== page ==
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Thursday, May 5 • 4:45pm - 5:30pm
Panel: Do Androids Dream? Deep Visual Abstraction from Artificial Neural Networks

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************ UPDATE May 6 ********
Go to https://github.com/DoAndroidsDream for presentations and additional resources

Astonishing images, activated from deep inside machine learning models, lead us to speculate about the roots of human visual imagination.

This panel will survey leading edge applications and research directions, summarize open source tools and resources, and explore how our understanding of human visual experience may be furthered.

This panel will be comprised of experts in visual arts and sciences, including animal and computer vision researchers, art historians and visual design practitioners and/or academics.

An intense curiosity about science and human experience is the only pre-requisite for attending this panel.


In New York in the 1980s, inspired by biological models of primate animal vision, Yann LeCun developed Convolutional Neural Networks (CNNs), a machine learning technique that enabled fast, robust and practical automated image and speech recognition.

Now, thirty years later, with computing power far cheaper and faster, very deep and flexible CNNs are routinely learning to categorize vast varieties and quantities of images and videos on the Web.

Deep CNNs learn by applying simple rules over and over again to training inputs consisting of enormous sets of images and metadata. While deep CNNs routinely produce easy to understand and useful outputs, the full nature of their inner workings were, until recently, considered by most scientists to be beyond the reach of human understanding. This transcendent [unfathomable] property of CNNs was thought to be a necessary consequence of the probabilistic nature of the inputs and the explosive [exponential] complexity of repeating the inner-most steps billions of times in seemingly random order.

Then, unexpectedly, in 2012, Andrew Y. Ng, then at Stanford, along with Google scientists reported finding a somewhat abstract image of a cat buried deep within a deep learning machine model that had been running on 16,000 computers [1]. The remarkable thing was that the computer training, . .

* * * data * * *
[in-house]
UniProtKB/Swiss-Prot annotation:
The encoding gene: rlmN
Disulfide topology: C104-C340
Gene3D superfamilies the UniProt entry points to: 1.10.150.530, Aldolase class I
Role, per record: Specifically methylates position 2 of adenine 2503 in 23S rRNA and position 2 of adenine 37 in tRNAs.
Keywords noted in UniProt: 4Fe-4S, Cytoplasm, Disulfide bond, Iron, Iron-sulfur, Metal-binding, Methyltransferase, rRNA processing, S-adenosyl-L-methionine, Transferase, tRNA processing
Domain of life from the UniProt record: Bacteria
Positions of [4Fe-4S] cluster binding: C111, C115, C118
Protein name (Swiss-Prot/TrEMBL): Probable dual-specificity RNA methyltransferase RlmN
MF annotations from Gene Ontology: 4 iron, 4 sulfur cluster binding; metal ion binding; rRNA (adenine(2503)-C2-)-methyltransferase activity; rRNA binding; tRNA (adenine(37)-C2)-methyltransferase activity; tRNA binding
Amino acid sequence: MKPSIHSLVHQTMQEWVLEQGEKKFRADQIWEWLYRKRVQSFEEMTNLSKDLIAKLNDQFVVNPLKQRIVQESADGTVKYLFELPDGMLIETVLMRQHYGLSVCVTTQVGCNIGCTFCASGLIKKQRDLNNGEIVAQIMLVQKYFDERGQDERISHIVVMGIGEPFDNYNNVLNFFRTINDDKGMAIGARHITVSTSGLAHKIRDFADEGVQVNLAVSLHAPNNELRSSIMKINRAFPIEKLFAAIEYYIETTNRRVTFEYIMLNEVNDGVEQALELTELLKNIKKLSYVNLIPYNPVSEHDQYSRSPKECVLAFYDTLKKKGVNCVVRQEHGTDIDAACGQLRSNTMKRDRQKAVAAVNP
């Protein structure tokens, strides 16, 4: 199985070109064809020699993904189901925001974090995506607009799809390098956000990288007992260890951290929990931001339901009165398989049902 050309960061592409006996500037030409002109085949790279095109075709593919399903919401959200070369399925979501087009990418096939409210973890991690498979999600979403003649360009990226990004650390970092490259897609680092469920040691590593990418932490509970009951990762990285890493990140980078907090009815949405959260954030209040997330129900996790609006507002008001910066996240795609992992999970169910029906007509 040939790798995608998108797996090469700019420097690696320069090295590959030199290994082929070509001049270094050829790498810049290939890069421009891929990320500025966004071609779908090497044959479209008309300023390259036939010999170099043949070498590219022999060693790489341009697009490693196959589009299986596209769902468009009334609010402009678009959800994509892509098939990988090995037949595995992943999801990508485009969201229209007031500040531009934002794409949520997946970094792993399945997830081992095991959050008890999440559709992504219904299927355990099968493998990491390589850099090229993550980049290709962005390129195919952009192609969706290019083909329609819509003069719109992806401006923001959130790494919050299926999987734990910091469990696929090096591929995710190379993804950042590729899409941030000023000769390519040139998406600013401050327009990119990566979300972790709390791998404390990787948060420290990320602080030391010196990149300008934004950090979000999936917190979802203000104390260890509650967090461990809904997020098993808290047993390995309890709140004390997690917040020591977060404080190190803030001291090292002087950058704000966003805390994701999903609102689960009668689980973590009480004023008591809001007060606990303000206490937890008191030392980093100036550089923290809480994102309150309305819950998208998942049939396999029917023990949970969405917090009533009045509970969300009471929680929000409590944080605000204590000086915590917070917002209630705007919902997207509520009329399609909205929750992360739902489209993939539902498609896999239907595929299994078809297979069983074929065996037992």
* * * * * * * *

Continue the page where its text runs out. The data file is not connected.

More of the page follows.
avatar for Gizem Küçükoğlu

Gizem Küçükoğlu

PhD Candidate in Psychology, NYU
I am currently pursuing a Ph.D. at NYU with a focus on human vision. My research focuses on trying to answer questions like how does human visual system process the 3D world, colors, light in the environment and surface materials. I have a background in Computer Science so I am interested... Read More →

avatar for Nicholas Lambert

Nicholas Lambert

Head of Research, Ravensbourne, London
Dr Nick Lambert is Head of Research at Ravensbourne. Nick’s interests revolve around the digital medium and its application in contemporary art and visual culture. Through this, he engages with questions about the boundary between “fine” and “applied” arts, design and interfaces... Read More →
avatar for Gene Miller

Gene Miller

Principal Consultant, DVI Science Ltd
Mathematician, Statistician.
avatar for Cassidy Williams

Cassidy Williams

Software Engineer & Developer Evangelist, Clarifai
Cassidy is a software engineer and developer evangelist at Clarifai.  She's worked for Venmo, Intuit, Microsoft, and General Mills, and graduated with a computer science degree from Iowa State University in 2014.  She's had the honor of working with various organizations, including... Read More →
avatar for Dr. Matthew Zeiler

Dr. Matthew Zeiler

Founder & CEO, Clarifai
Matthew Zeiler is an expert in the field of neural networks and Founder and CEO of Clarifai. After having learned from pioneers of neural networks including Geoff Hinton and Yann LeCun he started Clarifai in November 2013 upon completion of his PhD from New York University. He set... Read More →

Thursday May 5, 2016 4:45pm - 5:30pm EDT
Clemente Center